Management



How can we manage LF?

As there are many different presentations of clinical disease related to LF, there is no single drug or treatment that is effective for all cases. However, for all patients, three issues should be considered 1) anti-parasitic drug therapy, 2) supportive clinical care and 3) patient education and counselling.

Anti-parasitic Drug Therapy

To prevent possible transmission of LF to others, patients with clinical disease are treated with a regimen of anti-parasitic drugs.

Supportive Clinical Care

Lymphoedema Management
Adult worms cause permanent damage to the lymphatic system. However, symptoms can be managed by reducing the frequency of acute attacks and stopping the disease from getting worse. Patients can easily learn hygiene measures that are effective in minimizing infection and promoting lymph flow.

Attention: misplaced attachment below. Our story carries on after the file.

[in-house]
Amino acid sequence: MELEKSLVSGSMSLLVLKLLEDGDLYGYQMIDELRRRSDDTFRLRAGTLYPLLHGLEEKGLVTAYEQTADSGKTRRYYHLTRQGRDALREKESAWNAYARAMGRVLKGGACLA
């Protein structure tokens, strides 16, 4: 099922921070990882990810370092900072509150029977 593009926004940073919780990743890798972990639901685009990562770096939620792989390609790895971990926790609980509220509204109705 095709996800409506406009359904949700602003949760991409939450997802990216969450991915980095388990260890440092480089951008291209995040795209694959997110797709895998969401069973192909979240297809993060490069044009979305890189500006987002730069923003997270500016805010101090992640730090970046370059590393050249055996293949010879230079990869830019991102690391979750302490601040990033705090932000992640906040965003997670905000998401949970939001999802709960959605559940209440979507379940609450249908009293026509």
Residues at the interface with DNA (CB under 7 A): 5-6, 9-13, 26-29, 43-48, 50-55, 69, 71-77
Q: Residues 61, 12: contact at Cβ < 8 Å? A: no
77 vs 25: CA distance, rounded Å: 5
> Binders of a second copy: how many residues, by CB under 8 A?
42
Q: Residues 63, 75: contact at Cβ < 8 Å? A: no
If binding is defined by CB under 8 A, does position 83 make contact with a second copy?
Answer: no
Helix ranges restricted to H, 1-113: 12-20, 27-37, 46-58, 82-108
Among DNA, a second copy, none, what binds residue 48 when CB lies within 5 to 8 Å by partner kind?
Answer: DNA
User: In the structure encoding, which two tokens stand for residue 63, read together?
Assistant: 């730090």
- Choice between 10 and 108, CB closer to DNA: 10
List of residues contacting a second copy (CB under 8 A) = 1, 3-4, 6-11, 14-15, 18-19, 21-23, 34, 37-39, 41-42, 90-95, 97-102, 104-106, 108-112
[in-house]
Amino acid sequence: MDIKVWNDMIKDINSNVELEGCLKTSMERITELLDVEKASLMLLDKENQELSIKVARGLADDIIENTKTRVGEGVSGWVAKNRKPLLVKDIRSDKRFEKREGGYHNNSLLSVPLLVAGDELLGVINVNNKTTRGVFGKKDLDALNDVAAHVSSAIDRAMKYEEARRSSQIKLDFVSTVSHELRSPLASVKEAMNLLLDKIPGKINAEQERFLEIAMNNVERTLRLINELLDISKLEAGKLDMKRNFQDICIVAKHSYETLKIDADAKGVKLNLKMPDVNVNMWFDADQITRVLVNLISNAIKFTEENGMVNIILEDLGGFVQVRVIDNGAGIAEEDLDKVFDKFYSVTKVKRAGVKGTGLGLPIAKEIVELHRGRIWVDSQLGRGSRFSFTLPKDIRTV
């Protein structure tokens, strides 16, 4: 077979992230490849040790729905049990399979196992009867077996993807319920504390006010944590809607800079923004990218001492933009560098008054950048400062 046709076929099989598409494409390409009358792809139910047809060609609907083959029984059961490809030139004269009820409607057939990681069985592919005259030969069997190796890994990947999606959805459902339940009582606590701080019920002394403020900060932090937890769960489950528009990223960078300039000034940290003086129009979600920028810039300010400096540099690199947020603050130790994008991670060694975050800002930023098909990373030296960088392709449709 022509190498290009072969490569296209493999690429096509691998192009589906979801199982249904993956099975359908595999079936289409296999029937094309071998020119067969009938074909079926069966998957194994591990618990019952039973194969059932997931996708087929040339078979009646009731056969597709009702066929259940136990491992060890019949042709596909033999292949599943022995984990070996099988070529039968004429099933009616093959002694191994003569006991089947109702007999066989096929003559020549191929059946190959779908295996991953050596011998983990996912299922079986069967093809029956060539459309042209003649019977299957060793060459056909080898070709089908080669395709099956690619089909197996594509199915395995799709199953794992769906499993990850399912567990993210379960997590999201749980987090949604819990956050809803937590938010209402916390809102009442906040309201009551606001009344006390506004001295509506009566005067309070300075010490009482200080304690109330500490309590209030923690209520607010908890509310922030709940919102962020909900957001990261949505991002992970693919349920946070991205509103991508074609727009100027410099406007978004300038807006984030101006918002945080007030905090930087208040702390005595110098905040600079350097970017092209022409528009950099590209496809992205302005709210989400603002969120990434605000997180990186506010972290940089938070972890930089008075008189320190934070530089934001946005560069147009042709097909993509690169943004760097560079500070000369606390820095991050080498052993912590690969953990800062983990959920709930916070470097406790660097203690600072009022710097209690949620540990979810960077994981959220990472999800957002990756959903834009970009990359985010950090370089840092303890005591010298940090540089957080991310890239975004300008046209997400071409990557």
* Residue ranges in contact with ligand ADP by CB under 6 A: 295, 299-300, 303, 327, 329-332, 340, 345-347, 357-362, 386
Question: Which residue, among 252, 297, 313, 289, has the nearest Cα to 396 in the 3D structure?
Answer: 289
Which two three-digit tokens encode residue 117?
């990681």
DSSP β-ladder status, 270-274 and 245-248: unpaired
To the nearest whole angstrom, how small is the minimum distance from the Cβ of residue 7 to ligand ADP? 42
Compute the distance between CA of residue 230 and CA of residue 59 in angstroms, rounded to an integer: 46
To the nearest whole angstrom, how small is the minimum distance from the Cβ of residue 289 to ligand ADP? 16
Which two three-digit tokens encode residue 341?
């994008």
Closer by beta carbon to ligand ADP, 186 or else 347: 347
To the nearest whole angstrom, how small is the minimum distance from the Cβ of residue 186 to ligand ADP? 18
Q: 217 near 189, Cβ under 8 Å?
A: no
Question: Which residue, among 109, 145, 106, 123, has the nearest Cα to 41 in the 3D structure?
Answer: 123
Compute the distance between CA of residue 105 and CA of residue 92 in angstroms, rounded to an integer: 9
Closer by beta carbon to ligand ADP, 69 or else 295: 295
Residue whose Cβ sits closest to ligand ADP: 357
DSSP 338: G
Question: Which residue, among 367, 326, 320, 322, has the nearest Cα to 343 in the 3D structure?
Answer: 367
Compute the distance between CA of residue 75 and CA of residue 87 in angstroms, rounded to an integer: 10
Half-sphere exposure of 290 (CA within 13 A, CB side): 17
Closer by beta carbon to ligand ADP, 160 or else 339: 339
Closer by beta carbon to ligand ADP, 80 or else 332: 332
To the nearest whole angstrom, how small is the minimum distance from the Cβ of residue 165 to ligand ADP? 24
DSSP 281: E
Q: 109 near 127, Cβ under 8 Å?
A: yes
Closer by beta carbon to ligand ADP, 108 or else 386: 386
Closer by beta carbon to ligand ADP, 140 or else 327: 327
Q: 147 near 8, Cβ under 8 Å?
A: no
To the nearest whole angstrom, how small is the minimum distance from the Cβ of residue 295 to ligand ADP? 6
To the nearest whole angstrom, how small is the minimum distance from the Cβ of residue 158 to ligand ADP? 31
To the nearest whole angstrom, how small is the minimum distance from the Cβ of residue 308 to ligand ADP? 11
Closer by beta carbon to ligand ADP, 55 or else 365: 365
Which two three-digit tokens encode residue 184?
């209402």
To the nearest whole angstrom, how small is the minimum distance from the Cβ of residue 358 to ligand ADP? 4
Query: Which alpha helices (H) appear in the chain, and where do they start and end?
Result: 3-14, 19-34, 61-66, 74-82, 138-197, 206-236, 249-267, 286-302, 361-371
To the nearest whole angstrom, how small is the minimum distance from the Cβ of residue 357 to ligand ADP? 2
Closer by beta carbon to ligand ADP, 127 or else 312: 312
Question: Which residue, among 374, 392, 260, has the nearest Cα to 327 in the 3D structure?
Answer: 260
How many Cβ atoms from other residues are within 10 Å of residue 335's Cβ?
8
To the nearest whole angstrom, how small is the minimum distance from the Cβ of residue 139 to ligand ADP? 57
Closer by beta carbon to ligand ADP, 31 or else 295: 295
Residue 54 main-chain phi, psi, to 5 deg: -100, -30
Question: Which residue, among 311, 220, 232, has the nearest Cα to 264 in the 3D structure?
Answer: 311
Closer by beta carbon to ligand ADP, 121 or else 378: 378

These simple measures to be undertaken by the patient include:

Washing the affected parts twice daily with soap and clean, cool water, and drying carefully

Raising the affected limb at night

Exercising the limb regularly

Keeping the nails and spaces between the toes clean

Wearing comfortable shoes

Using medicated creams or antibiotics to treat small wounds or abrasions


Through these methods, even the worst case of elephantiasis can be improved over time.

LF management booklet1

LF management booklet2

Hydrocele Surgery
For most hydrocele patients, surgery is the treatment of choice. Men have a good prognosis with early hydrocele and corrective surgery can be undertaken even with local anaesthetic. Quality pre- and post-operative care are important components that help make this surgery successful. For other genital damage, more complicated surgery is often required. For example, scrotal skin elephantiasis may require complex reconstructive surgery with skin grafts for real improvement. Unfortunately, however, hydrocele surgery is often too expensive for those afflicted with LF.

Patient Education and Counselling

Psychological counselling is also essential to support those patients with LF-induced disability who can suffer from acute shame, isolation, sexual dysfunction and intense chronic pain and suffering.